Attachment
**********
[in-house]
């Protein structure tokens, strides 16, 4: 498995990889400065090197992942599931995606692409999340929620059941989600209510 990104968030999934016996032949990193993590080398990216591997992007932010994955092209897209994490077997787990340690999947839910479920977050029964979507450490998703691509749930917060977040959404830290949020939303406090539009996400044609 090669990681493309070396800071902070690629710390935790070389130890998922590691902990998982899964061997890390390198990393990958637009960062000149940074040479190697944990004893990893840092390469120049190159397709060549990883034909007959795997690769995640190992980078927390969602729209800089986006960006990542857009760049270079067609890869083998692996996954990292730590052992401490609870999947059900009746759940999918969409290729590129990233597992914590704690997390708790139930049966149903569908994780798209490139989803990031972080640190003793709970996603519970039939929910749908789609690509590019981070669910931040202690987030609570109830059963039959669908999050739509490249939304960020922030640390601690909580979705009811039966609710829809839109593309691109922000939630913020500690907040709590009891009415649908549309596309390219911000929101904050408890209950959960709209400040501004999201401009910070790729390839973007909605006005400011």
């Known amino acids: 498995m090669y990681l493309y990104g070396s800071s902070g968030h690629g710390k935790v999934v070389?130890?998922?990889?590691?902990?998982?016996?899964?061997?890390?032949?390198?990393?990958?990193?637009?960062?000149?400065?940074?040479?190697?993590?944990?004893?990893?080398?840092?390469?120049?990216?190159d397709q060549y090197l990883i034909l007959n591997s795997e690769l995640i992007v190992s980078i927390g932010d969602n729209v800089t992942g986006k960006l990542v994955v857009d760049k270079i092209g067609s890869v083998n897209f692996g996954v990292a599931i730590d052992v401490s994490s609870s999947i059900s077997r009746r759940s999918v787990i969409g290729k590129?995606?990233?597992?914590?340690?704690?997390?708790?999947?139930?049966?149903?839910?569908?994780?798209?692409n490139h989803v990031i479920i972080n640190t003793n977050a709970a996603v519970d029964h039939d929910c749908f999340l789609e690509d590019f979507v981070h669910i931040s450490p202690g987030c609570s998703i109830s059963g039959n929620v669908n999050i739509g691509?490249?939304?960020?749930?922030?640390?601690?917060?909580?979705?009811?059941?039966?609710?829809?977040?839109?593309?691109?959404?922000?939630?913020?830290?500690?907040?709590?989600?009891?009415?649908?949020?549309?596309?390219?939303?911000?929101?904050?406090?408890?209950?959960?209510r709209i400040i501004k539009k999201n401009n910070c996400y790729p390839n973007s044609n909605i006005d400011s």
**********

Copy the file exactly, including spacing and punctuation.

[in-house]
């Protein structure tokens, strides 16, 4: 498995990889400065090197992942599931995606692409999340929620059941989600209510 990104968030999934016996032949990193993590080398990216591997992007932010994955092209897209994490077997787990340690999947839910479920977050029964979507450490998703691509749930917060977040959404830290949020939303406090539009996400044609 090669990681493309070396800071902070690629710390935790070389130890998922590691902990998982899964061997890390390198990393990958637009960062000149940074040479190697944990004893990893840092390469120049190159397709060549990883034909007959795997690769995640190992980078927390969602729209800089986006960006990542857009760049270079067609890869083998692996996954990292730590052992401490609870999947059900009746759940999918969409290729590129990233597992914590704690997390708790139930049966149903569908994780798209490139989803990031972080640190003793709970996603519970039939929910749908789609690509590019981070669910931040202690987030609570109830059963039959669908999050739509490249939304960020922030640390601690909580979705009811039966609710829809839109593309691109922000939630913020500690907040709590009891009415649908549309596309390219911000929101904050408890209950959960709209400040501004999201401009910070790729390839973007909605006005400011």
């Known amino acids: 498995m090669y990681l493309y990104g070396s800071s902070g968030h690629g710390k935790v999934v070389?130890?998922?990889?590691?902990?998982?016996?899964?061997?890390?032949?390198?990393?990958?990193?637009?960062?000149?400065?940074?040479?190697?993590?944990?004893?990893?080398?840092?390469?120049?990216?190159d397709q060549y090197l990883i034909l007959n591997s795997e690769l995640i992007v190992s980078i927390g932010d969602n729209v800089t992942g986006k960006l990542v994955v857009d760049k270079i092209g067609s890869v083998n897209f692996g996954v990292a599931i730590d052992v401490s994490s609870s999947i059900s077997r009746r759940s999918v787990i969409g290729k590129?995606?990233?597992?914590?340690?704690?997390?708790?999947?139930?049966?149903?839910?569908?994780?798209?692409n490139h989803v990031i479920i972080n640190t003793n977050a709970a996603v519970d029964h039939d929910c749908f999340l789609e690509d590019f979507v981070h669910i931040s450490p202690g987030c609570s998703i109830s059963g039959n929620v669908n999050i739509g691509?490249?939304?960020?749930?922030?640390?601690?917060?909580?979705?009811?059941?039966?609710?829809?977040?839109?593309?691109?959404?922000?939630?913020?830290?500690?907040?709590?989600?009891?009415?649908?949020?549309?596309?390219?939303?911000?929101?904050?406090?408890?209950?959960?209510r709209i400040i501004k539009k999201n401009n910070c996400y790729p390839n973007s044609n909605i006005d400011s």